For the definition of chronic pain, we used a purely temporal definition, following the suggestions of the International Association for the Study of Pain Classification of Chronic Pain.93 The International Association for the Study of Pain defines chronic pain as pain that lasts or recurs for >3 months.93 Because we hypothesized that structural and functional changes of the brain will be more pronounced in patients with longer pain duration, we extended the minimum duration of pain to 12 months in our study. Inclusion criterion for the pain group was thus persistent pain on most days of a month for ≥12 months of mild to severe intensity. This was ascertained by reviewing clinical notes and through direct patient interviews.

Exclusion criteria for the chronic pain and the healthy control groups were as follows: neurological disorders (such as dementia, Parkinson disease, stroke, epilepsy, multiple sclerosis, traumatic brain injury, and migraine), psychiatric disorders (such as schizophrenia or major depression), substance abuse, impaired kidney or liver function, and cancer. Since some of the cognitive tests applied in the ChroPain studies depend on cultural background,87 only participants born and raised in Germany were included.

All participants provided written informed consent for participation in one of the studies. A compensation of 10 € per hour was provided. Both studies were approved by the Medical Research Ethics Board, University of Oldenburg, Germany (# 25/2015; 2017-059). ChroPain2 has been preregistered with the German Clinical Trials Register (https://www.drks.de; DRKS00012791).

2.2. Demographic and clinical data

In a structured interview, every participant was asked for the date of birth, sex, handedness, and highest degree of formal education. In addition, previous and present conditions that may lead to an exclusion from the study and complete medication records were inquired. Smoking and alcohol consumption were also recorded.

Chronic pain patients were asked to estimate the average pain intensity that they had perceived during the last 24 hours before the magnetic resonance imaging (MRI) examination by using the 11-point numerical rating scale, with 0 representing “no pain” and 10 “worst pain imaginable.”13 In addition, pain duration in years was noted.

2.3. Verbal intelligence

A standardized German vocabulary test (Wortschatztest, WST) was used to assess verbal intelligence.81 Participants were required to identify, in each of the 42 rows, an existing German word within 5 nonwords. The number of correct choices was transformed into IQ scores according to the test manual.81 WST results are highly correlated with level of education and general intelligence.77

2.4. Depression

The short German version (Allgemeine Depressionsskala, ADS-K)45 of the Center for Epidemiological Studies Depression Scale74 was used to quantify depressive symptoms. The scale consists of 15 items assessing depressive symptoms during the preceding week. Each item is answered on a 4-point Likert scale: “never or rarely” (<1 day), “sometimes” (1-2 days), “often” (3-4 days), and “always” (5-7 days of the week). The total score ranges from 0 to 45. A score of ≥ 18 supports the diagnosis of a clinically relevant depression.45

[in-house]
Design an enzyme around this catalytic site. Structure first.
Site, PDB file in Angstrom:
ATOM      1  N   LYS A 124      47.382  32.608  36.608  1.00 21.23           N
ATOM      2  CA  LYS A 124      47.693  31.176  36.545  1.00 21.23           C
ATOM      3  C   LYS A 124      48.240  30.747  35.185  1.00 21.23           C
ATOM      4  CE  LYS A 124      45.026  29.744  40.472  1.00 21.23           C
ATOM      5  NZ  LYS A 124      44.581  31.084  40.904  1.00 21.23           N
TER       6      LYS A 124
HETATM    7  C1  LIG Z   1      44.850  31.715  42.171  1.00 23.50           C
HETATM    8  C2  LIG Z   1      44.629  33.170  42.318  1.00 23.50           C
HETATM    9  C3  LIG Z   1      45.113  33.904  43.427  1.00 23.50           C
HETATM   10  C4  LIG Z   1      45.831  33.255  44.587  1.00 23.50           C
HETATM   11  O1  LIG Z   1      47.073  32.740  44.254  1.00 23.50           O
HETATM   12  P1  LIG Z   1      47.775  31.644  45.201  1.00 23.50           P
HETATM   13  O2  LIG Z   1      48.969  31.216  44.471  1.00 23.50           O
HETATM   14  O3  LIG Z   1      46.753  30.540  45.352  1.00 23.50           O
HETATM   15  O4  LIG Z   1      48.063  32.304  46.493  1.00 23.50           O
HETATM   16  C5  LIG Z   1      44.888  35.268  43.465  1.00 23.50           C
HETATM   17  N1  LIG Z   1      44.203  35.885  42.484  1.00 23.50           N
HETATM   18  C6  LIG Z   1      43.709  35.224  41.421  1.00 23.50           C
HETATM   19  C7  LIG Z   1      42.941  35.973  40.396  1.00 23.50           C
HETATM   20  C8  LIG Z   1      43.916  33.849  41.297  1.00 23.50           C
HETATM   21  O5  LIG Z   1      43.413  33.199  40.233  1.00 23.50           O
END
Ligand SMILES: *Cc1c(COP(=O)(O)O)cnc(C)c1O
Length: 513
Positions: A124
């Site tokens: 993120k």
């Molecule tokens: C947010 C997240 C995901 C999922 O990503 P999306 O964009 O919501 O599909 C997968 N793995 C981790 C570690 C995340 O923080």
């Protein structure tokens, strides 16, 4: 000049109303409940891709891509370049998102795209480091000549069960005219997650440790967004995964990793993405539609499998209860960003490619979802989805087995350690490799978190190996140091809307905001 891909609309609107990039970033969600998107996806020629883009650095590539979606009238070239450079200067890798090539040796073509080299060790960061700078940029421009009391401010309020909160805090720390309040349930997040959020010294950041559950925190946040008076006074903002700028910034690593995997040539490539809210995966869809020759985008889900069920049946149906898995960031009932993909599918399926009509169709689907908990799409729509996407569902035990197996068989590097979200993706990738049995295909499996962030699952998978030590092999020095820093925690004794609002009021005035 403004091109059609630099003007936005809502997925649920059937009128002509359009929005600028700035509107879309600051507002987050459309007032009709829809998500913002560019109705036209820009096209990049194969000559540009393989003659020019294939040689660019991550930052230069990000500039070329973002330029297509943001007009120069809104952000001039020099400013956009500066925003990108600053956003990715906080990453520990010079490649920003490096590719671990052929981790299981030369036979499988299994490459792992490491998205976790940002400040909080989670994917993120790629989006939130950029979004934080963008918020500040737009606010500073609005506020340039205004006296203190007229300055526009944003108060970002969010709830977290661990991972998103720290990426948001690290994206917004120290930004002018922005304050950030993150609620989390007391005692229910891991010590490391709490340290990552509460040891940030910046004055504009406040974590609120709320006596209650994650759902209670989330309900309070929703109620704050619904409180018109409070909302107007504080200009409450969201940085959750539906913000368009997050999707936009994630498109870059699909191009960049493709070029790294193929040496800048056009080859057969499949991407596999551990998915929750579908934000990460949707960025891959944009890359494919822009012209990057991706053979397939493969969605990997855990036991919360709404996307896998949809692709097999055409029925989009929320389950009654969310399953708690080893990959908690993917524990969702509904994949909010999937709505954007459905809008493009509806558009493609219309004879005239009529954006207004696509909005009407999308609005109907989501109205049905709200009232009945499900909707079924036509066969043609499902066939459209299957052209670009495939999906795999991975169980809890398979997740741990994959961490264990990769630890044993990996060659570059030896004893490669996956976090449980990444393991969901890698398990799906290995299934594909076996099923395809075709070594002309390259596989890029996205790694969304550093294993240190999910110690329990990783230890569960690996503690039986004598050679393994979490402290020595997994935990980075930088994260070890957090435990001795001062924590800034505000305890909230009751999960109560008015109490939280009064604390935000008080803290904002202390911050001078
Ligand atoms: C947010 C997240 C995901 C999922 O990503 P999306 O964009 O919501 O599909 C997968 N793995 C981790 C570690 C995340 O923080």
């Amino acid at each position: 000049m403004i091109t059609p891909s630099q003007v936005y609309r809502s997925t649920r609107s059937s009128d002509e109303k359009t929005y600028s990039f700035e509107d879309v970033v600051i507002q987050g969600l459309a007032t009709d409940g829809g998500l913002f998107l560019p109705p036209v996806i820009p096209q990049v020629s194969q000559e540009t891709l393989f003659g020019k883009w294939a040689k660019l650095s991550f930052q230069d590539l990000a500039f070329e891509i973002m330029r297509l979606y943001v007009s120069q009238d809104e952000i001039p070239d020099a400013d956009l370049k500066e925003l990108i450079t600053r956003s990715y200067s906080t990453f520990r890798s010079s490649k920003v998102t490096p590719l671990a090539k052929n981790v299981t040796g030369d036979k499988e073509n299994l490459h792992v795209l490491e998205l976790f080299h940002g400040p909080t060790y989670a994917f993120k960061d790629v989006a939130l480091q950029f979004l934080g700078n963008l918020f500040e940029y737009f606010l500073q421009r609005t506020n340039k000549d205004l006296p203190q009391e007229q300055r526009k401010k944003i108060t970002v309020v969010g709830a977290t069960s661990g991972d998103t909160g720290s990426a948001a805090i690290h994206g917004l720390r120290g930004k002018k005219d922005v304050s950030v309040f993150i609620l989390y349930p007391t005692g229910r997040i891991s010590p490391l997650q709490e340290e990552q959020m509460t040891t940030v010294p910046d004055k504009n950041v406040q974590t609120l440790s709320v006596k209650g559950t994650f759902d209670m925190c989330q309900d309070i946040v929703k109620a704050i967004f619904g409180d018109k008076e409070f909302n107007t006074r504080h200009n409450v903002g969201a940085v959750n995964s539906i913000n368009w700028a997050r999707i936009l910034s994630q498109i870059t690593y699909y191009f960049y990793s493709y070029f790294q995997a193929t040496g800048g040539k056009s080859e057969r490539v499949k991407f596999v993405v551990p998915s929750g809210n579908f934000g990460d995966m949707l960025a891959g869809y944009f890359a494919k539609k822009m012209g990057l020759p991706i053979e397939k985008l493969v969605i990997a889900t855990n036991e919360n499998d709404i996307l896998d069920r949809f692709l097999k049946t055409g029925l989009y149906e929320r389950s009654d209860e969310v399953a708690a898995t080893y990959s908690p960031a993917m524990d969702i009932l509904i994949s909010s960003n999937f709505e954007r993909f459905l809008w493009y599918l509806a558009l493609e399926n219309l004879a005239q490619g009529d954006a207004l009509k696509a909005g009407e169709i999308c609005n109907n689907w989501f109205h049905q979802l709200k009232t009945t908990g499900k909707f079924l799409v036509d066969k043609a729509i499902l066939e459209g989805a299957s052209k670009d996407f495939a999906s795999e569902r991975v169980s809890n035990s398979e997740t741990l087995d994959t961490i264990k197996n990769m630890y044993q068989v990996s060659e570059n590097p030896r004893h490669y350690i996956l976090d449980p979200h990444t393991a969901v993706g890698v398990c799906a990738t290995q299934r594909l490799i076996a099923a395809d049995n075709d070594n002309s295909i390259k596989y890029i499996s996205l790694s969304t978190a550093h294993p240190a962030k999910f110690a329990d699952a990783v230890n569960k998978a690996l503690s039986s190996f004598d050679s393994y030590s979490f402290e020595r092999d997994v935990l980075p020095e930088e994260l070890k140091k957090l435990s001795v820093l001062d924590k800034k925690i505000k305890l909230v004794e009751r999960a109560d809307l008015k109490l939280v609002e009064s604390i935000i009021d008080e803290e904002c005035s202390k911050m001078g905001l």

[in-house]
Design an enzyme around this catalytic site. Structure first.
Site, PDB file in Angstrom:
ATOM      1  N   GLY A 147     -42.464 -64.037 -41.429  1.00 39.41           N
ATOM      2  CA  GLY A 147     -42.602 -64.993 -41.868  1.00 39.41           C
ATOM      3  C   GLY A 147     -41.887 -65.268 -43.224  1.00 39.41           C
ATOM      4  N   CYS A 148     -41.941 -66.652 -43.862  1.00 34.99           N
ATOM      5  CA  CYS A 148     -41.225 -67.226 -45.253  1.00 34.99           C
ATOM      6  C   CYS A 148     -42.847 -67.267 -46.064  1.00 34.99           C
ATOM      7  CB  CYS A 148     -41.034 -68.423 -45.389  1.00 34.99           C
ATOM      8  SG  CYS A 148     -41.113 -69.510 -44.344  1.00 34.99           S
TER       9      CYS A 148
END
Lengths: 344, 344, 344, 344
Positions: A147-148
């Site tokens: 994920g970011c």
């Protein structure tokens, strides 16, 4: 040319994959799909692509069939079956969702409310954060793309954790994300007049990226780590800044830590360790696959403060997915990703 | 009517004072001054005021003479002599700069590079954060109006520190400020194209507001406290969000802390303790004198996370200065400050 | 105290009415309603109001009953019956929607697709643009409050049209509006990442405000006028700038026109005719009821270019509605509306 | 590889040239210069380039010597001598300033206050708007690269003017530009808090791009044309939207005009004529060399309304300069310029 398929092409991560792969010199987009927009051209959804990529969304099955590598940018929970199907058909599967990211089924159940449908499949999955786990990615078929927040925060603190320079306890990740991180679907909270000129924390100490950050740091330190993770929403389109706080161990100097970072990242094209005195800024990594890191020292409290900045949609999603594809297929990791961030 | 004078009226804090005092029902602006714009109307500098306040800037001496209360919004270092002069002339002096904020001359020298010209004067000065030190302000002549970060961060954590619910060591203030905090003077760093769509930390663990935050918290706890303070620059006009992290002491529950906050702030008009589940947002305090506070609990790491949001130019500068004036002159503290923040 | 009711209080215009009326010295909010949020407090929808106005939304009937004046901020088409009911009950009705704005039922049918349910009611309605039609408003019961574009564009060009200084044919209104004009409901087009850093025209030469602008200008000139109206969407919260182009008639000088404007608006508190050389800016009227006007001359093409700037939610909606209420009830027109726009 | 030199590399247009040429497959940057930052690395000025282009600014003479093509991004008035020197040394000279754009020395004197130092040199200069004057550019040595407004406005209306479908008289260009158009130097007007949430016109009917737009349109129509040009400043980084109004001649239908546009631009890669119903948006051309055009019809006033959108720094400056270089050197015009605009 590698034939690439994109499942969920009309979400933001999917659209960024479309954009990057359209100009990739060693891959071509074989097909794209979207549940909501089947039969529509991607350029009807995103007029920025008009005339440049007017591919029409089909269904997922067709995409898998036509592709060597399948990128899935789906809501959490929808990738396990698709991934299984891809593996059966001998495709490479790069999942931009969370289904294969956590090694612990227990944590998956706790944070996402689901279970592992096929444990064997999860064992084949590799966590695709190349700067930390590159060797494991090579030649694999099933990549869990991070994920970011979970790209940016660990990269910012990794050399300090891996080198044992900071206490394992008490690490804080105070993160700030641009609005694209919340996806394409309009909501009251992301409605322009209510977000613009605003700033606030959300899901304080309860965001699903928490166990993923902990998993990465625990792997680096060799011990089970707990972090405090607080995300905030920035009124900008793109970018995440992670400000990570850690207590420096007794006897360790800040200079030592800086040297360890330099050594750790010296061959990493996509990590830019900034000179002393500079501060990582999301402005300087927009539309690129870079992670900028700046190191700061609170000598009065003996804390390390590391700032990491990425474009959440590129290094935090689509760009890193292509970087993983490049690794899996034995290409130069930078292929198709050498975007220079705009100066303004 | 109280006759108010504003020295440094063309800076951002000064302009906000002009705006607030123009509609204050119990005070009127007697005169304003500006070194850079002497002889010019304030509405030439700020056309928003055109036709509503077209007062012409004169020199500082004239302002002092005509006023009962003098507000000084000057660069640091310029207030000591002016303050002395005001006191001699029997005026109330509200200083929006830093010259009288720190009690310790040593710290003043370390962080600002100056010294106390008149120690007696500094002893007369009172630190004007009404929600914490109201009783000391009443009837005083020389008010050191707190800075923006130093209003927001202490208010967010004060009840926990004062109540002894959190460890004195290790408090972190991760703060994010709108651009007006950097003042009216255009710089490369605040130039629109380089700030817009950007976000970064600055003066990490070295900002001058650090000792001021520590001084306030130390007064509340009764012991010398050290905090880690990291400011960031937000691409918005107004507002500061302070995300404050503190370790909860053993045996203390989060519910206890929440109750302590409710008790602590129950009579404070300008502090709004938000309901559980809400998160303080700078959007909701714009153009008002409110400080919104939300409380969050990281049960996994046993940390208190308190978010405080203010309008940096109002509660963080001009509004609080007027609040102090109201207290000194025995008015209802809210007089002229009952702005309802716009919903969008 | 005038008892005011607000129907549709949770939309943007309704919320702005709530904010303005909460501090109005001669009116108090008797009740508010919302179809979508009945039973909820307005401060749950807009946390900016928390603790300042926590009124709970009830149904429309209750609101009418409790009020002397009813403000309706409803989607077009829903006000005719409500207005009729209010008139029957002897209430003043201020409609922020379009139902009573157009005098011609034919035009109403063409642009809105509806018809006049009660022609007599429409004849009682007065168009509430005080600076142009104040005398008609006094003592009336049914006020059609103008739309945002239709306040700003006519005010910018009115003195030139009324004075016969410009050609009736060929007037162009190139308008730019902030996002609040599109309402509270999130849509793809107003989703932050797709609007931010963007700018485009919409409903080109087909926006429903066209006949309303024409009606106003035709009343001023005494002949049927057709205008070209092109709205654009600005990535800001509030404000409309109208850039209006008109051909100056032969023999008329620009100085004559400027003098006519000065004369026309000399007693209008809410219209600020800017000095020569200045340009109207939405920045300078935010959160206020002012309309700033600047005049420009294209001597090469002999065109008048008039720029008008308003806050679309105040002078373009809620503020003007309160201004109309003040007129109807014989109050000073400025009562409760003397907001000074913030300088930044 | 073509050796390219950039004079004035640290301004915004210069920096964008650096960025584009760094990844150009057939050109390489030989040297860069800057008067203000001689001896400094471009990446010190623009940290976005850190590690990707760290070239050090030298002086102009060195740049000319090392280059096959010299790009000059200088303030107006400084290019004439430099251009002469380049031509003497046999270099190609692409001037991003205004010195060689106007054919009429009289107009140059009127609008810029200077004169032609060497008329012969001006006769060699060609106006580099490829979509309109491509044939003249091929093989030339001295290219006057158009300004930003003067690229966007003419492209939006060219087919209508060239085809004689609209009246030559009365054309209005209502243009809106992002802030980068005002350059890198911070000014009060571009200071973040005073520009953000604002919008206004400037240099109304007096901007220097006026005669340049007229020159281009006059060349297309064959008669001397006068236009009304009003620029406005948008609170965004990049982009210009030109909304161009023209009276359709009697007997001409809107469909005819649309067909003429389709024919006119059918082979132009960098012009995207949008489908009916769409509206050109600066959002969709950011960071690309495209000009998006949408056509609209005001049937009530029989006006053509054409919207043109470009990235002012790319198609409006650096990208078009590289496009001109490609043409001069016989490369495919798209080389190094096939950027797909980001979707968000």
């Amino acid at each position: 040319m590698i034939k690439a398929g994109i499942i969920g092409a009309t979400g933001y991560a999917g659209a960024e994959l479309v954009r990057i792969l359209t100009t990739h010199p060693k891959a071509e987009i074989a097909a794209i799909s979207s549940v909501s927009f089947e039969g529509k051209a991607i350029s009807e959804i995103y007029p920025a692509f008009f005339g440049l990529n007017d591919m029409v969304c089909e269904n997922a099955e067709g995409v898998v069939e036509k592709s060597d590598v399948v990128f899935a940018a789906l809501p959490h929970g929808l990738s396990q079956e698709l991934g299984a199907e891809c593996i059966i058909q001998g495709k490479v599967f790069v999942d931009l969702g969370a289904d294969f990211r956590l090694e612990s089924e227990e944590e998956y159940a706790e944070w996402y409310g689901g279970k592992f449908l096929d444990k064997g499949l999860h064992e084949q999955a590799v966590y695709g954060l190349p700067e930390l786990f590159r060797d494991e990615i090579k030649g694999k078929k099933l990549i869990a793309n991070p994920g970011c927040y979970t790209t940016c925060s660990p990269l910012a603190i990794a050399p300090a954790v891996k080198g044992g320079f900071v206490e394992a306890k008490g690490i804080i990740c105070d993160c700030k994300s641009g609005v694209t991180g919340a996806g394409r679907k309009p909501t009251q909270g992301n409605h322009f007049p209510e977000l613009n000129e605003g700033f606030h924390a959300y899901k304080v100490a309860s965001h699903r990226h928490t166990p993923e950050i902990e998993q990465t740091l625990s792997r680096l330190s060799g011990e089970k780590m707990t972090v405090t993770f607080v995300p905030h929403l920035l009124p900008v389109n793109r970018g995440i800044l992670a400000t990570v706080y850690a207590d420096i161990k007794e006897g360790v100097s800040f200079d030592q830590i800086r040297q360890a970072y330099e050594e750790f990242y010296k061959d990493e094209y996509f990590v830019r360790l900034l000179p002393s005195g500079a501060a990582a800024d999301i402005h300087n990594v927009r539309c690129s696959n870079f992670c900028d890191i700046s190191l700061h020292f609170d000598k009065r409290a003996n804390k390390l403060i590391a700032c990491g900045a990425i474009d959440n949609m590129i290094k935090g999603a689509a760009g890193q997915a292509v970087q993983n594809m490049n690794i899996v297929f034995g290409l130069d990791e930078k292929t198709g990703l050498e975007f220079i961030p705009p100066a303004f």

2.5. Magnetic resonance imaging

All MR images were acquired on a research-only Siemens MAGNETOM Prisma (Siemens, Erlangen, Germany) whole-body scanner at 3 T with a 64-channel head/neck coil. The scanner is located at the Neuroimaging Unit, School of Medicine and Health Sciences, University of Oldenburg, Germany. A 3-dimensional T1-weighted MPRAGE sequence was used.12 Imaging parameters for ChroPain1 were: TR: 2000 ms, TE: 2.4 ms, voxel dimensions: 0.7 × 0.7 mm2, slice thickness: 0.9 mm, 208 axial slices. Imaging parameters for ChroPain2 were: TR: 2000 ms, TE: 2 ms, voxel dimensions: 0.75 × 0.75 mm2, slice thickness: 0.75 mm, 320 axial slices. Both sequences used in-plane acceleration (GRAPPA) with a PAD factor of 2.59 Siemens prescan normalization filter was used in both sequences for on-line compensation of regional signal inhomogeneities.50

2.6. Brain age prediction

MR images were first converted from Siemens DICOM format to uncompressed NIfTI (.nii) format using dcm2niix (https://github.com/rordenlab/dcm2niix). Structural MR images were then analyzed with the software brainageR (version 1.0, 09 August 2018; https://github.com/james-cole/brainageR).20,21 For additional methodological details, see the Supplementary Information in Cole et al. 2017 and 2018.20,21

brainageR uses SPM12 (University College London, London, United Kingdom; https://www.fil.ion.ucl.ac.uk/spm/software/spm12/) for image preprocessing. Using SPM12's Segment function,7 images were bias-field corrected and segmented into gray matter, white matter, and cerebrospinal fluid. Gray matter and white matter images were nonlinearly registered to a custom template, derived from the training data set (see below), using SPM12's DARTEL toolbox.5 Using FSL's slicesdir script (https://fsl.fmrib.ox.ac.uk/fsl/fslwiki/Miscvis), default slices in sagittal, coronal, and axial directions were created for the segmented and normalized brain images. With these images, visual quality control was performed to ensure accurate image segmentation (Fig. 1).